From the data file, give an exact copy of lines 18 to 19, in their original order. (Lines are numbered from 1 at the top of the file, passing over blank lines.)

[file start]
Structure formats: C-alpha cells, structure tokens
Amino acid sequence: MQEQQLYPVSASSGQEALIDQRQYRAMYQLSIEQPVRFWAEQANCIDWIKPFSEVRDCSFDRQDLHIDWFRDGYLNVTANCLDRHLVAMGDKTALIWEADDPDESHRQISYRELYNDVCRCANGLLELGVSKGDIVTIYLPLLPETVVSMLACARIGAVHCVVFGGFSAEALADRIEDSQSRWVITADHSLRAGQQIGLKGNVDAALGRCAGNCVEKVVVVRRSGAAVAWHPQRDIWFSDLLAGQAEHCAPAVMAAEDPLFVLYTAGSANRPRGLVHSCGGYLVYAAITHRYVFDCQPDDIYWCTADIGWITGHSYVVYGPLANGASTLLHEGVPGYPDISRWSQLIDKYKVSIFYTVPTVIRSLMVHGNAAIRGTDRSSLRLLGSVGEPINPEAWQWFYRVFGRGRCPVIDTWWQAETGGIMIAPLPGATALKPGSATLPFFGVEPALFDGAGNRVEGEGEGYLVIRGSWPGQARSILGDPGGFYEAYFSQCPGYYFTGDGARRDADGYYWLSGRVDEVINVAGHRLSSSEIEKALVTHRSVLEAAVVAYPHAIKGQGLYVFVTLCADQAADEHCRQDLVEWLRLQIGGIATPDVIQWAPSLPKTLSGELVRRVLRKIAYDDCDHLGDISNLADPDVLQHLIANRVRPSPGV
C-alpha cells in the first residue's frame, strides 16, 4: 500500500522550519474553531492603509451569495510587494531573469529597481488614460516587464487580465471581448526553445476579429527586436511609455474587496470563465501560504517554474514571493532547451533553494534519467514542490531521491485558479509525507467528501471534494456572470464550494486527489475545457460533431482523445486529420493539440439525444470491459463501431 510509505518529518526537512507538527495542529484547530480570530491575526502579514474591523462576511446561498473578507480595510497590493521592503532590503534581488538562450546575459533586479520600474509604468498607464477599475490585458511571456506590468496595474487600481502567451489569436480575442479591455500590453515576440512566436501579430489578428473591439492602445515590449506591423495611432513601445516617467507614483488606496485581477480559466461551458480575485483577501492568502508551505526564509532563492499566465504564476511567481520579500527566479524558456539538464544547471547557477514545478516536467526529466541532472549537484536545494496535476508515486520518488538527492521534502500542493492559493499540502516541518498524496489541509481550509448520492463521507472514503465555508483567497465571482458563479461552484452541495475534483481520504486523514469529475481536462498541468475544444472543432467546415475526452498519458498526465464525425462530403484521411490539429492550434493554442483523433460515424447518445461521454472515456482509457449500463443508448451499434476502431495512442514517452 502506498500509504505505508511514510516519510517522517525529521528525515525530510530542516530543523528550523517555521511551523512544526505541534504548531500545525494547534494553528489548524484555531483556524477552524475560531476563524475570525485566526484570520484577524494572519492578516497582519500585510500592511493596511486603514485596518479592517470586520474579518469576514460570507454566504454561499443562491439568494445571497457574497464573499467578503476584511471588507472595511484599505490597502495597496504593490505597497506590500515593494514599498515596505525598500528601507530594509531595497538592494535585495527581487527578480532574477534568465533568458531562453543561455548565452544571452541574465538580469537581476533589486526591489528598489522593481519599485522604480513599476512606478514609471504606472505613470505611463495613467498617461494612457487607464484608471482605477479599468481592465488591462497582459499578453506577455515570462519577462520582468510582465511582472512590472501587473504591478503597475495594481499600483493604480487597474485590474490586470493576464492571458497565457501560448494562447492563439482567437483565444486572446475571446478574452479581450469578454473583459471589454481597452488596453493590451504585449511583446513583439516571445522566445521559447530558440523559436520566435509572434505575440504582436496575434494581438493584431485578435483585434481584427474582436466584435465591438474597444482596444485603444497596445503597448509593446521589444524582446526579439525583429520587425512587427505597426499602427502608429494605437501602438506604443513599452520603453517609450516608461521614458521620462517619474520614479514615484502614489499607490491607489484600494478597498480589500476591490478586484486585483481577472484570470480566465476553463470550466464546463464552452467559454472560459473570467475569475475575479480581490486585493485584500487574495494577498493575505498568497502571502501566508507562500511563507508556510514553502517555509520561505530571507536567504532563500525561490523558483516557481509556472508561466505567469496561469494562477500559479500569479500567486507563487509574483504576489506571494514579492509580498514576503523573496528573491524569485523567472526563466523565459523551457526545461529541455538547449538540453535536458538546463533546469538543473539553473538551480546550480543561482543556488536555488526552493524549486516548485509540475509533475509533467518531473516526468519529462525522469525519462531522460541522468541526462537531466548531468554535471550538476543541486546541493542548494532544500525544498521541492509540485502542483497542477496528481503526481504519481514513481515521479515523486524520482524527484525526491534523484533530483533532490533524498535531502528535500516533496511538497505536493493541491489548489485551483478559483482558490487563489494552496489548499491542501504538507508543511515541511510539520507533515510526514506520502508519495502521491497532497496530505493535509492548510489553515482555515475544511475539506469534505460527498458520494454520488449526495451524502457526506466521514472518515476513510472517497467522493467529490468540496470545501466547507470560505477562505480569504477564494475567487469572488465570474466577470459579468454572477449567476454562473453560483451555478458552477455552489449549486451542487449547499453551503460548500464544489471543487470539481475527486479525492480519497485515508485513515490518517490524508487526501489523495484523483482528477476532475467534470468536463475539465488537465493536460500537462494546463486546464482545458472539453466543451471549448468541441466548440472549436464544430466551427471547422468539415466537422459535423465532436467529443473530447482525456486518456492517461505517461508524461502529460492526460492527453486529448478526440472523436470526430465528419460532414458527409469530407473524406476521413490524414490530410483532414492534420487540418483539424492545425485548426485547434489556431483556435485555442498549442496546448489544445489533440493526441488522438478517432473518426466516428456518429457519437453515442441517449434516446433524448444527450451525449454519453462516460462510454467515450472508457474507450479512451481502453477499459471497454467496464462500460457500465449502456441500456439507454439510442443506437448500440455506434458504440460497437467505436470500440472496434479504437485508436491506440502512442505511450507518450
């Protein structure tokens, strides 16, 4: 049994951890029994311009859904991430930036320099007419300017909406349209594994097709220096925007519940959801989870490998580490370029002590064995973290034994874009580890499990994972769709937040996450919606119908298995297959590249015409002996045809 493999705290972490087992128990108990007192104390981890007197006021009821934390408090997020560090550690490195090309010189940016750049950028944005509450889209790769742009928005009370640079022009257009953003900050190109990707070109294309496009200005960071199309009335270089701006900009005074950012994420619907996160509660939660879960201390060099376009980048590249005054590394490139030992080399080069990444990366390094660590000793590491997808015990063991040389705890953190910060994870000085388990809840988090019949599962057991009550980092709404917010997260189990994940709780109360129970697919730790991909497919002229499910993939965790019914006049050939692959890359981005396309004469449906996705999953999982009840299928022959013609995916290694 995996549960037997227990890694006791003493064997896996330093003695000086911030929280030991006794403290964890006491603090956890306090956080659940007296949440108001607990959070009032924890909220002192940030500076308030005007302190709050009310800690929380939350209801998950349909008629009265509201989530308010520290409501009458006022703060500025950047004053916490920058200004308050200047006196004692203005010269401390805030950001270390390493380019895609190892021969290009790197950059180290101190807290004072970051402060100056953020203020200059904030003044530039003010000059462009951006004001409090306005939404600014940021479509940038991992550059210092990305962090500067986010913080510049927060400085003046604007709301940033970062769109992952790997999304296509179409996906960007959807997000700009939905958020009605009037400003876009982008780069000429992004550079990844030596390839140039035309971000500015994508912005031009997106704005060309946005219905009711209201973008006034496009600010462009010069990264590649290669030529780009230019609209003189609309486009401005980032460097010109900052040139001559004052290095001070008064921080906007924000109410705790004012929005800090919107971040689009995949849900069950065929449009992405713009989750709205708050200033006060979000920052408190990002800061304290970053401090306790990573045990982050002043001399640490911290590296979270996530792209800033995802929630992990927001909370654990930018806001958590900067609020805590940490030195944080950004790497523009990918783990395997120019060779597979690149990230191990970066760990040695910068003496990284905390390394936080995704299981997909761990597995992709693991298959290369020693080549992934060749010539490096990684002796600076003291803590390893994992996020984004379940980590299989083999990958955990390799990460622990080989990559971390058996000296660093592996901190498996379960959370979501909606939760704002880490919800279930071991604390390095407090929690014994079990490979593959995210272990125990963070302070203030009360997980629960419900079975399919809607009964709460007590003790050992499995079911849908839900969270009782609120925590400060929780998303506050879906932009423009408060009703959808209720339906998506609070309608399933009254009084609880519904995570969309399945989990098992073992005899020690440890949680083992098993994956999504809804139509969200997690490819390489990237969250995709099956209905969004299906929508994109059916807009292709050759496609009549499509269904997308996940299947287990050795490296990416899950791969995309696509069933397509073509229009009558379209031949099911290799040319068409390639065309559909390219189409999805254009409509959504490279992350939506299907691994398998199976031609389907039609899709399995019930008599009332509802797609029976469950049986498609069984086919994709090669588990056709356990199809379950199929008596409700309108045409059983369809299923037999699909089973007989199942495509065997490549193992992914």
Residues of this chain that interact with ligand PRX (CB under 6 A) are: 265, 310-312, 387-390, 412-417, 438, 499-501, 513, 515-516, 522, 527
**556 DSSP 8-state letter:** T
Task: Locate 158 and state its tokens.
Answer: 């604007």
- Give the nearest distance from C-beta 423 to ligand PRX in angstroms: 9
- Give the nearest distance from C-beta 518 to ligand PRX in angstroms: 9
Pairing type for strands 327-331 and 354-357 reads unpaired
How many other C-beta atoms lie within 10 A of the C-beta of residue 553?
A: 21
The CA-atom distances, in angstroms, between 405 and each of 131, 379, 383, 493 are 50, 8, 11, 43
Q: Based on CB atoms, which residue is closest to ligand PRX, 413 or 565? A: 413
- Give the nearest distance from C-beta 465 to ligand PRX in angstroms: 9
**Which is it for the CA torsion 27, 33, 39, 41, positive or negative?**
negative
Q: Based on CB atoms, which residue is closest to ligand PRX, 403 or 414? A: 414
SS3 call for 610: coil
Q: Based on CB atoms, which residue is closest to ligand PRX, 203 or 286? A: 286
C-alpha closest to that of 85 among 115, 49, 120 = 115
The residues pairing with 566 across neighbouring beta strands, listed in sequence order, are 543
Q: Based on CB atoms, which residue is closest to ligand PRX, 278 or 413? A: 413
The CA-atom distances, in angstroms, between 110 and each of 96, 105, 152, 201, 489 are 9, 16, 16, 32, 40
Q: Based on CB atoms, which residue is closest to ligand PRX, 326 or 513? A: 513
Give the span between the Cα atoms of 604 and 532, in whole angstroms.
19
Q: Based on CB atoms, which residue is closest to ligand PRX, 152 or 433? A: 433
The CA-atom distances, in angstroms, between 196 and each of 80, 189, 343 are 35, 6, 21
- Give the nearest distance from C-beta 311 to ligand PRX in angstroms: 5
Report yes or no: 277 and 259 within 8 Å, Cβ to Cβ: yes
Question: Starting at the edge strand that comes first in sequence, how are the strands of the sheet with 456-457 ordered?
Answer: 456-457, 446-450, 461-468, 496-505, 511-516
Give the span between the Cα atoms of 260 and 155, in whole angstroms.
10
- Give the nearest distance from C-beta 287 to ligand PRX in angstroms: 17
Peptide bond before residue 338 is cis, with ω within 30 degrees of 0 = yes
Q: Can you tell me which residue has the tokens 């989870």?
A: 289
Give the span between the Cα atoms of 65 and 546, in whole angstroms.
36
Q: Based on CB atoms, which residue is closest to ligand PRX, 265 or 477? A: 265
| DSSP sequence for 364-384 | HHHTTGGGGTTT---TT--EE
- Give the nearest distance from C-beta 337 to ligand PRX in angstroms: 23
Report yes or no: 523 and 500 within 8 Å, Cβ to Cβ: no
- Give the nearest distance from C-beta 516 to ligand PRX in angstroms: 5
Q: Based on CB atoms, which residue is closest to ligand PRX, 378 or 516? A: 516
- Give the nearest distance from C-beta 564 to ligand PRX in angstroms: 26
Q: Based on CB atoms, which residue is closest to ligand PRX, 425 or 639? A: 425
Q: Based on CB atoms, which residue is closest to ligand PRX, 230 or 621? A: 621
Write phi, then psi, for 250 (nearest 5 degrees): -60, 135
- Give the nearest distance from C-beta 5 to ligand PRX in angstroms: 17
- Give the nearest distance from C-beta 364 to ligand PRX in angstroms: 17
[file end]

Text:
negative
Q: Based on CB atoms, which residue is closest to ligand PRX, 403 or 414? A: 414